[SilverJimmy] already had a full-sized 50 watt laser cutter, but he decided to try his hand at putting together something smaller and microcontroller-driven. The result is this adorable little engraver: the MicroSlice.
To keep the design simple, [SilverJimmy] opted for a fixed cutting table, which meant moving the cutting head and the X-Axis as a unit along the Y-Axis. The solution was to take inspiration from gantry cranes. He snagged a couple of stepper motors with threaded shafts, designed the parts in Inkscape, then fired up his full-size cutter to carve out the pieces. An Arduino Uno and the relays for the laser and fans sit on the MicroSlice’s bottom platform, and two EasyDriver motor controllers sit above them on the next layer.
Swing by the Instructables for more details including the source code, and to see a video of the engraver below. [SilverJimmy] sourced his laser from eBay, but check out the engraver from earlier this year that used a DVD diode.
Continue reading “Microslice: The Tiny Arduino Laser Cutter”
[Benne] has a small workshop at home so he decided to make a very versatile CNC router for his final project at school. It took him around 6 months to arrive at the result you can see in the image above and what is even more impressive is that he was only 17 years old at the time.
[Benne] used the free cad program Google Sketchup to draw the different parts he needed around the linear rails and ball screws he already had lying around. The CNC’s travel is 730x650x150mm, uses Nema 23 (3Nm) steppers, 15mm thick aluminum plates and 30x60mm aluminum extrusions. In his article, [Benne] gives great advice to those who would like to design their CNC like his, providing very useful links to manufacturers. He estimated the cost of his CNC to be around 1500 euros (about $2000). We’ll let you browse the many lines of his very detailed build log, which makes us wish to be as talented as him even at our age…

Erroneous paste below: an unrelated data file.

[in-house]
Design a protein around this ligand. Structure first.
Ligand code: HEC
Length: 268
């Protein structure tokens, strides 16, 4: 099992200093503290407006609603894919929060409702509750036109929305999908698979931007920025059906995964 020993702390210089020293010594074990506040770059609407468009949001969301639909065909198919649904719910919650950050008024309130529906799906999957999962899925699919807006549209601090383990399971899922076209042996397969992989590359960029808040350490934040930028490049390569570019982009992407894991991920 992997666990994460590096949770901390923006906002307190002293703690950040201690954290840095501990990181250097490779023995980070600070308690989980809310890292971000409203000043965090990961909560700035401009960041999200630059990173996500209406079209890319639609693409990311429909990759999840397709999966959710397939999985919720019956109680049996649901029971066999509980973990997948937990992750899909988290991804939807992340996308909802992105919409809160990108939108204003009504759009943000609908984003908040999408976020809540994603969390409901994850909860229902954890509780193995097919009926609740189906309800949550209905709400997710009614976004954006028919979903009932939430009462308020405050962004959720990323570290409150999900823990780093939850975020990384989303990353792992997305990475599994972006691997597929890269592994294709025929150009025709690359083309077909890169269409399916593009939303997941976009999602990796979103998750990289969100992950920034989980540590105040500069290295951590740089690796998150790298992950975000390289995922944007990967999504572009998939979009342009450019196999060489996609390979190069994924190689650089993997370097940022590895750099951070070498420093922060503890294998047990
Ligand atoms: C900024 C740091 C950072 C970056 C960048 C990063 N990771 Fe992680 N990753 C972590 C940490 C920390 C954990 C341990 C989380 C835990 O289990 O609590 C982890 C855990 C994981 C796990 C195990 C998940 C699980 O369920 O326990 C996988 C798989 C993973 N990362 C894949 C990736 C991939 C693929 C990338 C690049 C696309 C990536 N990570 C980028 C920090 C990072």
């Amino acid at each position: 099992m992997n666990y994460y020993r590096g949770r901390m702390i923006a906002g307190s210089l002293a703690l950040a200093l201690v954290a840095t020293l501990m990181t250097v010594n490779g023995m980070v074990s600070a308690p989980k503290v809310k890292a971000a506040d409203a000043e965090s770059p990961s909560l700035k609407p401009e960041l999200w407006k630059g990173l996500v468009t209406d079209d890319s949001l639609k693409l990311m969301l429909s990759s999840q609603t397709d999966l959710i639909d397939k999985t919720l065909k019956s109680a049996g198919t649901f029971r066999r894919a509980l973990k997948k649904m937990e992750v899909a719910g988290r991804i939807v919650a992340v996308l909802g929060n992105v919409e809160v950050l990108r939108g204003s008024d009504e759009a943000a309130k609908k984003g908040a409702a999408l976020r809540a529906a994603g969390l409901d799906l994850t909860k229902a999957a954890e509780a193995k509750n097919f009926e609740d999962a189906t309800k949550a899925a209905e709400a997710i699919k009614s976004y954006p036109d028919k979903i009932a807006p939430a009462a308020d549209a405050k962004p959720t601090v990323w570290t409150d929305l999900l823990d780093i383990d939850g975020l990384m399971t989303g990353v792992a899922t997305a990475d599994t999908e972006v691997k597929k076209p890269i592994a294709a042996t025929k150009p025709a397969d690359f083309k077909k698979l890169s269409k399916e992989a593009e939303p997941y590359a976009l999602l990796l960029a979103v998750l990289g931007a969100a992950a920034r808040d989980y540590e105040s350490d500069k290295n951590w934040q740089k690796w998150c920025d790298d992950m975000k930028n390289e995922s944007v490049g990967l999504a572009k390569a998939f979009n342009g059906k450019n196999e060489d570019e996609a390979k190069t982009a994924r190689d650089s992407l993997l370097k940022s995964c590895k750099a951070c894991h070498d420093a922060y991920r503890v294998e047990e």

[Bart] Wanted to try controlling a CNC with his BeagleBone black, but didn’t want to invest in a CNC Cape. No problem – he created his own translator board for RAMPS. LinuxCNC for the BeagleBone Black has been available for a few months now, and [Bart] wanted to give it a try. He started experimenting with a single stepper motor and driver. By the time he hooked up step, direction, and motor phases, [Bart] knew he needed a better solution.
Several CNC capes are available for the BeagleBone boards, but [Bart] had a RAMPS board just sitting around, waiting for a new project. Most RepRap fans have heard of the RAMPS – or Reprap Arduino Mega Pololu Shield. In fact, we covered them here just a few days ago as part of our 3D Printering series. RAMPS handle all the I/O needed for 3D printing, which carries over quite nicely to other CNC applications as well. The downside is that they’re specifically designed for the Arduino Mega series. Continue reading “BeagleBone Black does CNC with RAMPS”
[Dan Royer] has noticed that most university projects involving a Stewart platform spend more time building a platform than on the project itself. He hopes to build a standard platform universities can use as the basis for other projects.
Stewart platforms are six degree of freedom platforms often seen hefting flight simulators or telescopes. The layout of the actuators allows movements in X,Y,and Z as well as pitch, roll and yaw. While large platforms often use hydraulic systems to accelerate heavy loads quickly. [Dan] is looking at a smaller scale system. His platform is built of laser cut wood and uses six steppers to control motion.
One of the harder parts in designing a platform such as this is creating a mechanical system that is strong, precise, and smooth. With so many linkages, it’s easy to see how binding joints could bring the entire thing to a grinding halt. [Dan] is currently using RC helicopter ball joints, but he’s on the lookout for something even smoother.
Continue reading “Stewart Platform reinvents the wheel so you don’t have to”